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Elgin merchants lit up over new ordinance in 1913

MIKE ALFT

MIKE ALFT

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Updated: March 18, 2013 6:39AM



What was happening in Elgin during the month of February 100, 75, 50, 25 and 10 years ago?

February 1913

Merchants vigorously protested a new local ordinance that required lights on all vehicles after sundown. They claimed it would drive the farm trade away from Elgin.

A sleet storm on the 20th of the month disrupted long-distance telephone service and electric power. A thick coating of ice on the wires downed hundreds of telegraph and telephone poles. Every hotel and rooming house was filled with stranded persons.

Ads in local papers this month: Fatima cigarettes (20 for 15 cents), Studebaker cars, Gold Dust cleanser, Mazda light bulbs, and Sweetheart soap.

February 1938

The McGraw Electric Co. closed its Minneapolis plant and began shipping machinery and equipment to Elgin.

Shanty Pask observed his 25th year as a patient at Sherman hospital.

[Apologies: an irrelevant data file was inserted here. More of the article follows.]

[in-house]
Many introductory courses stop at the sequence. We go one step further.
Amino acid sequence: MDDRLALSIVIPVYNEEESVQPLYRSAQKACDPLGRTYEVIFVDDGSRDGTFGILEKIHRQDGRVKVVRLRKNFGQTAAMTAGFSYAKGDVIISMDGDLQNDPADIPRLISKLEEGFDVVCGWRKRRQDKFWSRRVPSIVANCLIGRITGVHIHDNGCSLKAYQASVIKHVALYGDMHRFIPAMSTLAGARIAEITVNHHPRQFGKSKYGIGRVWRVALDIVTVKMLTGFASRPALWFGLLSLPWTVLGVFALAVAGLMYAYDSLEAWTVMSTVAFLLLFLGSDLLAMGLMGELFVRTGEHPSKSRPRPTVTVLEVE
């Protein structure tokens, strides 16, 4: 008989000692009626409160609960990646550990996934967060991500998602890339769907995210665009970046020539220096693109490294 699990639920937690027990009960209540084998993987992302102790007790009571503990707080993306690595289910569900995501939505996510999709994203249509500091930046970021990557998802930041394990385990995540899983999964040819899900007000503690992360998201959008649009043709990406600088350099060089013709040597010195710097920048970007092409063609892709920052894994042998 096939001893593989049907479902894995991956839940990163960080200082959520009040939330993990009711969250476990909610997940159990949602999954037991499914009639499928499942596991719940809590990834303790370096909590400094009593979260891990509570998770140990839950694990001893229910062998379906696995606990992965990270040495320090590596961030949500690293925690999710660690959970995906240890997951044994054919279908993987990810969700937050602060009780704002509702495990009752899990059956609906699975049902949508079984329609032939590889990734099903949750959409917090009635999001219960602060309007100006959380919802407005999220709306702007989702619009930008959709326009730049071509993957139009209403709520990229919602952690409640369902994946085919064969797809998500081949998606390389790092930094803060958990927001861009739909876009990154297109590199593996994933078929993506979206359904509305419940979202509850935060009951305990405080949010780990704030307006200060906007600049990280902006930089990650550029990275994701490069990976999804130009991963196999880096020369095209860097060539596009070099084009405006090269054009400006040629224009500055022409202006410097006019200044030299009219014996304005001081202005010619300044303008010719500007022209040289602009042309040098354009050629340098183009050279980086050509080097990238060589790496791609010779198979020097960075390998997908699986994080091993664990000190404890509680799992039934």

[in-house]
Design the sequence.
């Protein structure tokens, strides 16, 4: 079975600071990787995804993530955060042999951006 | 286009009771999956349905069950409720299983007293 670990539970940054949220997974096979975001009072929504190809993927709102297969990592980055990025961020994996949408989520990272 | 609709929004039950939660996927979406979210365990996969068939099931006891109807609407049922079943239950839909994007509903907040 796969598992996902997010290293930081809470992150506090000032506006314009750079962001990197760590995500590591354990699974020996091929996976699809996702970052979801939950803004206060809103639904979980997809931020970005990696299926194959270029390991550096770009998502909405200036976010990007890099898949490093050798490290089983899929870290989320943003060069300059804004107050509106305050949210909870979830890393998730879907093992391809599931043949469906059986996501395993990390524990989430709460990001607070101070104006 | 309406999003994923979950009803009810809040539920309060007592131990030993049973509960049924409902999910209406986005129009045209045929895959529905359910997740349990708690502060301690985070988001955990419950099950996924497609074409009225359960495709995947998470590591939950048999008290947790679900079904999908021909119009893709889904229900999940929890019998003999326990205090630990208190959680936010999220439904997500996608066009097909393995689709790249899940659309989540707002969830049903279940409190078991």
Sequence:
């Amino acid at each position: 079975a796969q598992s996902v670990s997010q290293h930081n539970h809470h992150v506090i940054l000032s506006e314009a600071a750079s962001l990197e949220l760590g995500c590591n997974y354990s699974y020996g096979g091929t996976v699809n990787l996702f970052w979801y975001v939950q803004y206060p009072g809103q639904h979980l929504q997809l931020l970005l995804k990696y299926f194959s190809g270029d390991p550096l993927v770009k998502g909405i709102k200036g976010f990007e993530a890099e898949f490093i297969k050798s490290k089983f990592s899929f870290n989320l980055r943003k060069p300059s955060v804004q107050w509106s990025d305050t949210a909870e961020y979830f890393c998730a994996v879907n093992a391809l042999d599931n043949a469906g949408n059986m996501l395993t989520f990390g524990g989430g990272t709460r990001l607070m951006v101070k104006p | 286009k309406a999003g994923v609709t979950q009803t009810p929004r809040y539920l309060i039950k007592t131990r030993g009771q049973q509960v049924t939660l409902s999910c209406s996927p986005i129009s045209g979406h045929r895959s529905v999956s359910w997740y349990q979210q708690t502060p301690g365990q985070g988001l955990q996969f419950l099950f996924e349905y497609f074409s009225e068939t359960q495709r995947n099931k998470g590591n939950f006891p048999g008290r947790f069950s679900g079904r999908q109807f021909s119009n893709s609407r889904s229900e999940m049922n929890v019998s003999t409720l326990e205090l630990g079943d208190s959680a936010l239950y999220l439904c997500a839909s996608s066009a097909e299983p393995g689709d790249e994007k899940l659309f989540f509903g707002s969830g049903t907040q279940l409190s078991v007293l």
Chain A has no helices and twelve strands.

Prices at the A&P food store on South Grove: fresh ground beef, 10½ cents a pound; and porterhouse steak, 23 cents a pound.

Ads in The Courier-News featured silk hosiery, console radios and house dresses.

February 1963

The YWCA board of directors launched a fund drive for a new building.

Local savings and loan associations raised the dividend rate to 4¼ percent.

A circuit court judge ruled that the city of Elgin could use a park fund trust to build a swimming pool in Lords Park.

February 1988

The St. Edward girls basketball team finished second in the state tournament. Over the last four seasons the Green Wave has won 114 games and lost only 15.

An Elgin couple, nudists, appeared in the altogether on a TV talk show.

The city council approved plans for the Oakwood Hills development of 236 townhouses on 60 acres west of Elgin High School.

With a projected tollway interchange in the offing, developers were turning their attention to that area of the city.

February 2003

Work began on Metra’s National Street depot.

Local peace advocates protested a pre-emptive strike against Iraq.

Long a swimming hole, the 90-acre Gifford Lake on Elgin’s far east side was being studied for possible draining.



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